When a child is struggling with their learning, guiding them is entirely appropriate. Supporting them through a process helps them to see and achieve the outcome. Many children work with teachers and TAs in ‘guided groups’ all over the country to enable them to access and achieve learning. So, what’s the problem? In my work with lots of schools I suspect that there are some children who become over-reliant on this support. They lack independence and then you find they don’t remember the learning. Do adults needs to develop strategies to fade the support? By gradually reducing the scaffolding, the child builds independence and confidence, and as this happens they are also likely to be building memory.

    A slide I have been using with both teachers and TAs shows this process:

    progress to independence model
    HfL progress towards independence model

    I find this strategy works particularly well for fairly procedural areas of learning such as written methods.  There are many variables, such as how many maths questions might you ‘guide’ before you drop down to ‘prompting’ and then ‘observing’. This will be dependent on the child. Pointers would include; be prepared to move back a step or two if necessary, for example, if you reach the point of ‘observe’ and the child struggles, you may need to go back to ‘guide’ to address this. Is it also helpful if the pitch does not increase very much (or at all) between questions, because the focus is this case is on building independence.

    The aim is to reduce the reliance of the child on the adult (or other scaffolds and supports) over time as part of the process of the child really securing the learning for themselves and so remembering it.

    It comes with the caveat that if you can’t move on from ‘guiding’, then the learning is not appropriate for the child at that point and so learning will not be secured.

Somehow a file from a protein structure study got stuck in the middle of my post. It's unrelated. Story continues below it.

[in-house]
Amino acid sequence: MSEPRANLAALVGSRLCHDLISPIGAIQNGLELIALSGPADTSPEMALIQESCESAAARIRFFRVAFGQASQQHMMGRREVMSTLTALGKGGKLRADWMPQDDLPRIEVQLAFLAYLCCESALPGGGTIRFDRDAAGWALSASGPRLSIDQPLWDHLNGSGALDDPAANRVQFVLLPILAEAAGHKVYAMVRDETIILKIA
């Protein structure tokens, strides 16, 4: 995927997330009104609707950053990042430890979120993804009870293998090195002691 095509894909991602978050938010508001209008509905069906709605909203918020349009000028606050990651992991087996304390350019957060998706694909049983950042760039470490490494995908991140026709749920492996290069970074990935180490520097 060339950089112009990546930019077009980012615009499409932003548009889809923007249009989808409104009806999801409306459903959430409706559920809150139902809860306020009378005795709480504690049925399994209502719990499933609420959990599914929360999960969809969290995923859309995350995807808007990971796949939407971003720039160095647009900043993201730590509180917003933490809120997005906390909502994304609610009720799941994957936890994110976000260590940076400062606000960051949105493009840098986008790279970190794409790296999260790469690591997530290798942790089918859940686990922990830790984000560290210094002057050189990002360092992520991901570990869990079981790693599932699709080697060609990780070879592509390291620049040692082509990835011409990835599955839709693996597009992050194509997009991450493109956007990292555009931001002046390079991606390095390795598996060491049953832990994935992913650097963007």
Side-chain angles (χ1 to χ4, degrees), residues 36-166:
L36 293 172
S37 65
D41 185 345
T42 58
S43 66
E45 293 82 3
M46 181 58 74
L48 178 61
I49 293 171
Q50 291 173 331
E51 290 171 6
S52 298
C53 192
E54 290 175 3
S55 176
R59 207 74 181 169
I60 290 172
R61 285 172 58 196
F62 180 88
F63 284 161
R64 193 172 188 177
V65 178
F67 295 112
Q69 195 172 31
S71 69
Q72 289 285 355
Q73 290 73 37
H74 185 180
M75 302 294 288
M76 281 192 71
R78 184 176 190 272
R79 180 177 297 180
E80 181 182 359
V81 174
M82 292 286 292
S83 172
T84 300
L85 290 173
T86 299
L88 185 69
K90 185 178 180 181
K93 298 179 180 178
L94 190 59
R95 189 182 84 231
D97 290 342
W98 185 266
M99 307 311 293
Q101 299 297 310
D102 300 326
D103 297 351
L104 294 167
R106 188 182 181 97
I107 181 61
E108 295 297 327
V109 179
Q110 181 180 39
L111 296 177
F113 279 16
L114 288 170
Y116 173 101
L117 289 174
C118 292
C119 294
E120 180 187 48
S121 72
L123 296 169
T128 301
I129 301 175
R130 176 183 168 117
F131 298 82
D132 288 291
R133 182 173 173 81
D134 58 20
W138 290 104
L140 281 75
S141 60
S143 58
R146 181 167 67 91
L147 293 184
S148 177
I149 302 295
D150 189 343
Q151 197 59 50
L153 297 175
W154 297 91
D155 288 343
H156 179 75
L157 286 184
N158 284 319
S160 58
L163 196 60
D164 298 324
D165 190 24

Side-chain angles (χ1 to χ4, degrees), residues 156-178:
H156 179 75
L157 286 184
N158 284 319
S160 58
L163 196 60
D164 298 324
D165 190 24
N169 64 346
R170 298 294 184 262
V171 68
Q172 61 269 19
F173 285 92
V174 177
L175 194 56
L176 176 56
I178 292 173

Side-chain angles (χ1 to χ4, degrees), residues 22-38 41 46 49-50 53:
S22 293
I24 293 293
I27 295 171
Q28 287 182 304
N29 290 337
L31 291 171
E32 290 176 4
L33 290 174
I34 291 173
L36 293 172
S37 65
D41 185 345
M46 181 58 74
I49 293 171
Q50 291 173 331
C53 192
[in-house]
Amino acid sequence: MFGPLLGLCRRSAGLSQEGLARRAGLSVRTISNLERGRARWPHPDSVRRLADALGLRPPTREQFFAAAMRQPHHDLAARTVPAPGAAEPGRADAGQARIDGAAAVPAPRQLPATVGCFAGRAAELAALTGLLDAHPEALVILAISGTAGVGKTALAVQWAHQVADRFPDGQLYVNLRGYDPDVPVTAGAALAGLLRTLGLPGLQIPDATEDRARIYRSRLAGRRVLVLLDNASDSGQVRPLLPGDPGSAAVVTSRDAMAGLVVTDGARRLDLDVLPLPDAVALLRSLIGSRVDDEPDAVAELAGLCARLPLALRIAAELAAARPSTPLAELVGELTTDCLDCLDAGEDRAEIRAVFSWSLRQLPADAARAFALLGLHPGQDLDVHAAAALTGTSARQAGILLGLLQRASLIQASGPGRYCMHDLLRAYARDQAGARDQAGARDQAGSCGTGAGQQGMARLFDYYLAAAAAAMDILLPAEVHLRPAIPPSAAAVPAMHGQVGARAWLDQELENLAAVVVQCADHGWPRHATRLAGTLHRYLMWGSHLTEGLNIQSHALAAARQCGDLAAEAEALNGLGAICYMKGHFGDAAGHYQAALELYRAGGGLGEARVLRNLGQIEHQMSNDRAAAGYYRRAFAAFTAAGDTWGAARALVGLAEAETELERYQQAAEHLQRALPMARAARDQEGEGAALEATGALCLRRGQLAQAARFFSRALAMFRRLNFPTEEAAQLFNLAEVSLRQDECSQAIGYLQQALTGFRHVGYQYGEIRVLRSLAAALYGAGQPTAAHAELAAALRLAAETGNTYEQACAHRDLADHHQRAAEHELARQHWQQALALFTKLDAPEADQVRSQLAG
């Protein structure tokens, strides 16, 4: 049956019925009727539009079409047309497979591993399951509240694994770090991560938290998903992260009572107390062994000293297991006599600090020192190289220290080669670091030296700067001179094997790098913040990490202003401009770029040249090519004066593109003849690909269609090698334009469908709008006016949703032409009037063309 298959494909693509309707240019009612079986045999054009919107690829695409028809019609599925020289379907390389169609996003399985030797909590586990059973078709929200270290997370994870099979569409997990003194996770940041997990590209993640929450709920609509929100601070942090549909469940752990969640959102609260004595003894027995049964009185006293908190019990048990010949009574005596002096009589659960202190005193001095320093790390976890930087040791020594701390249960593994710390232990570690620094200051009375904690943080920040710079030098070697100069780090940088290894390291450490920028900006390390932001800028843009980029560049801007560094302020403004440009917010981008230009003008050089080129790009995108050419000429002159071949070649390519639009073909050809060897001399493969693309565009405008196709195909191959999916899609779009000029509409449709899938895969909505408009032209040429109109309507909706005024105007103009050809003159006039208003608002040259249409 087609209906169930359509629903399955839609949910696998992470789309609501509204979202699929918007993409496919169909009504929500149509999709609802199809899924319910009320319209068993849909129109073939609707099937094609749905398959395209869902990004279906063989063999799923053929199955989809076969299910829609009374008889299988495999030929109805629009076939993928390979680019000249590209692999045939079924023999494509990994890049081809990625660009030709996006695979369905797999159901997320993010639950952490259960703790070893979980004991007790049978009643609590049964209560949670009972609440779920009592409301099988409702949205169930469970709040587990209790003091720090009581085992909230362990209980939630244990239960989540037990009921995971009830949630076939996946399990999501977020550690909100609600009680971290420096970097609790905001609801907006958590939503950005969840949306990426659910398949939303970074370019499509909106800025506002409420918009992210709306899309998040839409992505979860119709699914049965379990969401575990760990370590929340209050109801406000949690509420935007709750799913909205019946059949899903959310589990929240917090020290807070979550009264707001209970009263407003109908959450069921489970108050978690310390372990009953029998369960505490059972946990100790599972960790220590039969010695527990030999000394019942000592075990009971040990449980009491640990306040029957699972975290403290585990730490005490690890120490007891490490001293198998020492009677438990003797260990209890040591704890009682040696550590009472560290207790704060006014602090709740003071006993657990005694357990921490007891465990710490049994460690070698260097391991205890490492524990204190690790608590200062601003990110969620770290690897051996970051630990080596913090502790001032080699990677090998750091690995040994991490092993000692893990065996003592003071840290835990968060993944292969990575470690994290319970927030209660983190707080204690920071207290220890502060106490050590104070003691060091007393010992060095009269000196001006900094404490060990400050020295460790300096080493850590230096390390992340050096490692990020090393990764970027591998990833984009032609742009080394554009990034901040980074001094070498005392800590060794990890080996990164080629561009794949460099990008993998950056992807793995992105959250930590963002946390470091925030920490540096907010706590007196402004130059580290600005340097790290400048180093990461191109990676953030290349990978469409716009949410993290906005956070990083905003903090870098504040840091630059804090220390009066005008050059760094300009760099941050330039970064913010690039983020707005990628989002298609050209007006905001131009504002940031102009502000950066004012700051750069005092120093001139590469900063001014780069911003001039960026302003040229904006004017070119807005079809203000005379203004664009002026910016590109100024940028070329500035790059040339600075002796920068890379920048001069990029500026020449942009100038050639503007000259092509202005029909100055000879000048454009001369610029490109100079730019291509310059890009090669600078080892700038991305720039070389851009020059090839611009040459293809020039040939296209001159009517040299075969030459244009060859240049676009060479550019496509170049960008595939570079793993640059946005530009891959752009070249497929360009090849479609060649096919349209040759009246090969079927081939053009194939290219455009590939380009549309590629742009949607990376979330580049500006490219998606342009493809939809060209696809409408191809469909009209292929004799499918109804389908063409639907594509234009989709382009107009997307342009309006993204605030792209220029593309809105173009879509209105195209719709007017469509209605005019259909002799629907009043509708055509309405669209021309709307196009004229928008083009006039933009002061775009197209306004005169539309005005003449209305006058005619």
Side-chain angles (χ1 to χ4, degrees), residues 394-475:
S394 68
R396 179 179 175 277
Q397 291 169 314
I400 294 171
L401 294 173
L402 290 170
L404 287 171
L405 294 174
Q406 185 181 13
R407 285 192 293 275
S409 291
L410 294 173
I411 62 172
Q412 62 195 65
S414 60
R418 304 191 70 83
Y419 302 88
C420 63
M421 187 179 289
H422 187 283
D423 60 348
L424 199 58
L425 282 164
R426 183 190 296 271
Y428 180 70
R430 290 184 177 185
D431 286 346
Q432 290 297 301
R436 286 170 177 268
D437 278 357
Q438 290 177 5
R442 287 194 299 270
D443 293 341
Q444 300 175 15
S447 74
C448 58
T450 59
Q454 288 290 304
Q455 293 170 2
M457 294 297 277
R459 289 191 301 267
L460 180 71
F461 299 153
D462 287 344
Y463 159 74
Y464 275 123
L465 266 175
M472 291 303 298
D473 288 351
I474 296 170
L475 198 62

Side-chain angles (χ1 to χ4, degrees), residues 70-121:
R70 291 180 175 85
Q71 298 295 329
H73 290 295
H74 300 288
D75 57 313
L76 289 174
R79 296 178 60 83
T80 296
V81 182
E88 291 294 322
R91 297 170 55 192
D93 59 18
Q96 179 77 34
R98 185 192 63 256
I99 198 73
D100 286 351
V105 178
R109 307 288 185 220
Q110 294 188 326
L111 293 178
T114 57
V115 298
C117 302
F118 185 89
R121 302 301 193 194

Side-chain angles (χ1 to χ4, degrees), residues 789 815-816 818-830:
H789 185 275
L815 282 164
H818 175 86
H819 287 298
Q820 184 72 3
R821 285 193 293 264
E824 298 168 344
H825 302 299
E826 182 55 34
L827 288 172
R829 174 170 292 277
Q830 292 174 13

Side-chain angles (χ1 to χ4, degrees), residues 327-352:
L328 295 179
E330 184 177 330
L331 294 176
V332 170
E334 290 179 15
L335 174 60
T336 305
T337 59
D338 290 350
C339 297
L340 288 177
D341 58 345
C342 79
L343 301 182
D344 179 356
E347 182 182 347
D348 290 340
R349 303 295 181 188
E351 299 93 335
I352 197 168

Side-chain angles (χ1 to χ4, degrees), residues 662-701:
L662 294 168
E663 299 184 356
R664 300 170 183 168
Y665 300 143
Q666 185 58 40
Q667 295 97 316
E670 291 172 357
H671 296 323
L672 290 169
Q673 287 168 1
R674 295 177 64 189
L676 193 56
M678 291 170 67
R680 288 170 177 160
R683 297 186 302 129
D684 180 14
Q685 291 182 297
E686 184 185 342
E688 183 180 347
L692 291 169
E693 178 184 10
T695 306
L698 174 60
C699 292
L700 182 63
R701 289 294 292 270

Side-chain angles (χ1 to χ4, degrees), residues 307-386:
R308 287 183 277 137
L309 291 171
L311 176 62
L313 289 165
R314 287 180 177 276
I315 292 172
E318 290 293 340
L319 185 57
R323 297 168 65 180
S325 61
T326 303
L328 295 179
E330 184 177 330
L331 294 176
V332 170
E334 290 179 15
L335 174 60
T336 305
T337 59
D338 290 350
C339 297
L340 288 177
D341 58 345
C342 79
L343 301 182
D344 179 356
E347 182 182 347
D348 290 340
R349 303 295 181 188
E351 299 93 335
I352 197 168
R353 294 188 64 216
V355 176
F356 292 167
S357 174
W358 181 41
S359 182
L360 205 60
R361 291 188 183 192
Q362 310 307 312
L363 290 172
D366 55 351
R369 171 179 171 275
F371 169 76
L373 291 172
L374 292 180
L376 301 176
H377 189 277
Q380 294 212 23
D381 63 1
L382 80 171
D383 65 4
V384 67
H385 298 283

Addressing learning quickly, if it is not yet secure:

    When sufficient learning has not taken place in any maths lesson for a child (or group of children), this learning needs to be continued. If it is a large number of the class then the next lesson can be used to address this. However, if it is a child or small group, that has not secured the learning sufficiently to be ready for what comes next, for example if there are errors in their work which suggest incomplete understanding, or if they have not had sufficient practice, then they need further. Sometime this needs to be supported by an adult.

    Many teachers use ‘same day’, ‘rapid’ or ‘immediate’ intervention to give a name to this. Meaning that they catch that child or group, to consolidate that learning before it moves on in the next lesson. This might be a further 10-15 minutes with the teacher or TA to further practice what was being learned that day, focusing on the key skill or knowledge, so that the child is able to keep up when the next lesson’s learning moves on. This relies on the adults noticing day-on-day how the child copes, and intervening within and between lessons when needed. The focus is very much on keep-up rather than catch-up.